Header image for Of Elves and Men Fanfiction archive. On the left is a silhouette of an elf with a bow and on the right is a silhouette of a human man with a sword. They are facing each other. Text in the center reads: Of Elves and Men: A world of intrigue and romance.

Of Elves and Men is Moving to the AO3

Of Elves and Men, a multifandom fanfiction archive with a strong emphasis on The Lord of the Rings and The Lord of the Rings RPF, is being imported to the Archive of Our Own (AO3).

In this post:

Background explanation

As activity on the site has dwindled, the moderator, Alexcat, feels Of Elves and Men will be best preserved by moving it to AO3. Alexcat would like to preserve the work of the writers who were part of Of Elves and Men, and as a long lasting website, feels the site has much to preserve. Of Elves and Men was an important Tolkien site for many years and many of its works exist nowhere else.

The purpose of the Open Doors Committee’s Online Archive Rescue Project is to assist moderators of archives to incorporate the fanworks from those archives into the Archive of Our Own. Open Doors works with moderators to import their archives when the moderators lack the funds, time, or other resources to continue to maintain their archives independently. It is extremely important to Open Doors that we work in collaboration with moderators who want to import their archives and that we fully credit creators, giving them as much control as possible over their fanworks. Open Doors will be working with Alexcat to import Of Elves and Men into a separate, searchable collection on the Archive of Our Own. Eventually links to the old site will redirect to the collection on AO3, which can be searched and filtered in order to locate individual imported works.

We will begin importing works from Of Elves and Men to the AO3 after October.
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A director's chair with the OTW logo on it and the words OTW Guest Post

OTW Guest Post: Jennifer Duggan

Every month the OTW hosts guest posts on our OTW News accounts to provide an outside perspective on the OTW or aspects of fandom. These posts express each individual’s personal views and do not necessarily reflect the views of the OTW or constitute OTW policy.

Jennifer Duggan is Associate Professor of English at the University of South-Eastern Norway, a Harry Potter fan, and author or co-author of numerous articles and book chapters on children’s and youth literature and media, fandom, multilinguality, multiliteracies, and social difference. Today, Jennifer talks about researching fan demographics in the Harry Potter fandom.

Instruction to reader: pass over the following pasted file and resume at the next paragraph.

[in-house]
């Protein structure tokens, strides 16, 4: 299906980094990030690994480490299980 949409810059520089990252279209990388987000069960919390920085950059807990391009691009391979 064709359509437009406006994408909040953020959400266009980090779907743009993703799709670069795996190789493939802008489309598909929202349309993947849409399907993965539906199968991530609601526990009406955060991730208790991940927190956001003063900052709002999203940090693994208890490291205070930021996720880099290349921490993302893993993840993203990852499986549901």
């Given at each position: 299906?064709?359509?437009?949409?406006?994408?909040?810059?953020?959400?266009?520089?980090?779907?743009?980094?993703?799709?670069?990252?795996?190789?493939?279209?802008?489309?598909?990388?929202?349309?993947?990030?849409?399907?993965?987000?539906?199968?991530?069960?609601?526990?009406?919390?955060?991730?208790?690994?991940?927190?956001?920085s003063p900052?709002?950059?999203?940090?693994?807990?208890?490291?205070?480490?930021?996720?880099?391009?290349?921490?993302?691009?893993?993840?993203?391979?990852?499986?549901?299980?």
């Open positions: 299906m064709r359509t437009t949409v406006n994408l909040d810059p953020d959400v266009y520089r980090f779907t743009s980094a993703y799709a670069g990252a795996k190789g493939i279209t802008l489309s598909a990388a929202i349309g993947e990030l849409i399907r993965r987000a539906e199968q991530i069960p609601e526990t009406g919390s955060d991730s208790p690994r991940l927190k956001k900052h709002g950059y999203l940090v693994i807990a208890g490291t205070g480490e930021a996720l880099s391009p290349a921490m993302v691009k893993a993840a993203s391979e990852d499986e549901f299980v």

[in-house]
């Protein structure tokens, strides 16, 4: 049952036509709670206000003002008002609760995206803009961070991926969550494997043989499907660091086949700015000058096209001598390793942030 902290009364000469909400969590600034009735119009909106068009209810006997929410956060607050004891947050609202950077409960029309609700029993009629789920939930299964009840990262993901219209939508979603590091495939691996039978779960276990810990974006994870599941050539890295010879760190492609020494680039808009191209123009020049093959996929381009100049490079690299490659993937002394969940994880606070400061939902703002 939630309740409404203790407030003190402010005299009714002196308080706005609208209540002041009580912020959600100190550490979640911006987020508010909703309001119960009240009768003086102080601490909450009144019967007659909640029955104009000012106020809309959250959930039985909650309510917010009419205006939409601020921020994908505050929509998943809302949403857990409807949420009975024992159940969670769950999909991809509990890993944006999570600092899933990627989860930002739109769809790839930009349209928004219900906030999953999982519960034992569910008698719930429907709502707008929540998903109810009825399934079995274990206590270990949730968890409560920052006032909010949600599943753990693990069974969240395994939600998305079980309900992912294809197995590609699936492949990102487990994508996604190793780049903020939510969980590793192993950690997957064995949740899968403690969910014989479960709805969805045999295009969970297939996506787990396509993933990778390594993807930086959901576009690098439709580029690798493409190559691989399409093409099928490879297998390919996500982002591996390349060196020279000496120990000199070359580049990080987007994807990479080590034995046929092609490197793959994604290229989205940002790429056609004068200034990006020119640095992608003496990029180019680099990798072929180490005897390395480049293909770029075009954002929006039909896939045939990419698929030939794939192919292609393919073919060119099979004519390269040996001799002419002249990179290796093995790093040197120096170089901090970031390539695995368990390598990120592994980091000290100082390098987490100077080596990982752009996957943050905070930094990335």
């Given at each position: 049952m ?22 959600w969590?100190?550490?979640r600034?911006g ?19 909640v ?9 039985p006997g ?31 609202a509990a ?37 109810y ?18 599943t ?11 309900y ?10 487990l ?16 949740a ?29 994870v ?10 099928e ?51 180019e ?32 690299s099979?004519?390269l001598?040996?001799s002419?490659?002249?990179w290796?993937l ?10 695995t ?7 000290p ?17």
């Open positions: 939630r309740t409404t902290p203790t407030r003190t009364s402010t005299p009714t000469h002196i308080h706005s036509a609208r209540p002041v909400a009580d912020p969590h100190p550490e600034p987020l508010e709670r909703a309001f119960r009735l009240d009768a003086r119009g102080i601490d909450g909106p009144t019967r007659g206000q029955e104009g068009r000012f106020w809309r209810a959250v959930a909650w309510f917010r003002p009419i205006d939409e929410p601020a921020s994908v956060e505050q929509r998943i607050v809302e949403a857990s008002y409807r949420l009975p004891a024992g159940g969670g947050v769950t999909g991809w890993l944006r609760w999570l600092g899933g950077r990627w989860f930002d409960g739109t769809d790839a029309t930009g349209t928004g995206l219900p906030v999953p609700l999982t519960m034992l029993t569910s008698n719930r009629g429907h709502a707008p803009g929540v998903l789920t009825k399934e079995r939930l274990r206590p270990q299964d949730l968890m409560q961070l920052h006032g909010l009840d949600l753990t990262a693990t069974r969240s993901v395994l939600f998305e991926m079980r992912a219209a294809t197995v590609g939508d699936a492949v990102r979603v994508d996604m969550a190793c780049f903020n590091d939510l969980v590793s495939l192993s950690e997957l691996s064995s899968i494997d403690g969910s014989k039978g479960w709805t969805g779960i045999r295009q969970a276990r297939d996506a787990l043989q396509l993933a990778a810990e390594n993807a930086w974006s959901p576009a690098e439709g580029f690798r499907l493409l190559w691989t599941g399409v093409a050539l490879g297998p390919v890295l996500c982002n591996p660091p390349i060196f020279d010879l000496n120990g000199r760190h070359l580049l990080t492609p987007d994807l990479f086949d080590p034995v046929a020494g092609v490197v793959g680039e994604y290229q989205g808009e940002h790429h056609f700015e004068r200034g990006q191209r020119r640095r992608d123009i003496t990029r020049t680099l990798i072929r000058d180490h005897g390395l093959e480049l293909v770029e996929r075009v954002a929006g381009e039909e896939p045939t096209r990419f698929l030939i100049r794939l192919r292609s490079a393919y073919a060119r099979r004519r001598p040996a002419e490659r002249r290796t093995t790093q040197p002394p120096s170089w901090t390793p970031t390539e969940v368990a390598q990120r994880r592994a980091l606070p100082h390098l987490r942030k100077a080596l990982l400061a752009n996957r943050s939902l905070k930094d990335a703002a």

How did you first find out about fandom and fanworks?

I suppose that depends on how you define both terms!

When I was a kid, I has a string of obsessions. At my youngest, I identified heavily with a string of male characters (Peter Pan, Cody from The Rescuers Down Under, Luke from Star Wars), often dressing as them and/or refusing to answer to my own name. I reread and rewatched favourite books and films so many times that I had to purchase new copies, because the old ones would fall apart or stop working. Whenever I was given money to buy practical things, like clothing, I would spend the least possible on what I was supposed to purchase (usually at second-hand stores) and use the rest on books.

I also used to collect objects, trading cards, and images related to favourite series, like Sailor Moon. Later, with some books/films/shows, including Harriet the Spy, The X-Files, and Anastasia (the animated film), my sister, one of our best friends, and I would do extensive background research. We’d write each other newsletters, write sequels/prequels/episodes, and draw or print out fan art and images, all of which we kept in binders that we took with us whenever we visited each other. (We still pull them out sometimes and read our works to each other, which inevitably ends in hysterics.) I suppose in some way, we knew of organized fandom even then, because we used fan sites as sources for images, but I don’t think we realized that we could actually participate. But we didn’t need to, because we had our own tiny fandom, and it was perfect.

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This Week in Fandom

This Week in Fandom, Volume 148

Hello and welcome to This Week in Fandom, the OTW’s roundup of things that are happening. Before we get started, did you know that this week marks one year since the Game of Thrones season finale? Yes, it has been an extremely long year. In any case, fans marked the occasion on Twitter with exactly the enthusiasm that those of us who do remember those dusty days of 2019 might expect.


Disconcerting times for many of us this week as the New York Times published an article about the Omegaverse (or ‘wolf-kink erotica’, as the headline writer has it). The (paywalled) piece, which includes interviews with OTW staffers Rebecca Tushnet and Kristina Busse, addresses the topic in the context of a lawsuit brought by one romance novelist, Zoey Ellis, against another, Addison Cain. Cain issued DMCA takedown notices against Ellis’s work, costing her (Ellis says) money and readership, on the basis of plot similarities which will be very familiar to anybody who’s dipped a toe (or indeed, a whole joyful limb) into the waters of A/B/O:

In both books, Alpha men are overpowered by the scent of Omega heroines and take them hostage. In both books, the women try and fail to suppress their pheromones and give in to the urge to mate. In both books, the couples sniff, purr and growl; nest in den-like enclosures; neck-bite to leave “claim” marks; and experience something called “knotting,” involving a peculiar feature of the wolf phallus.

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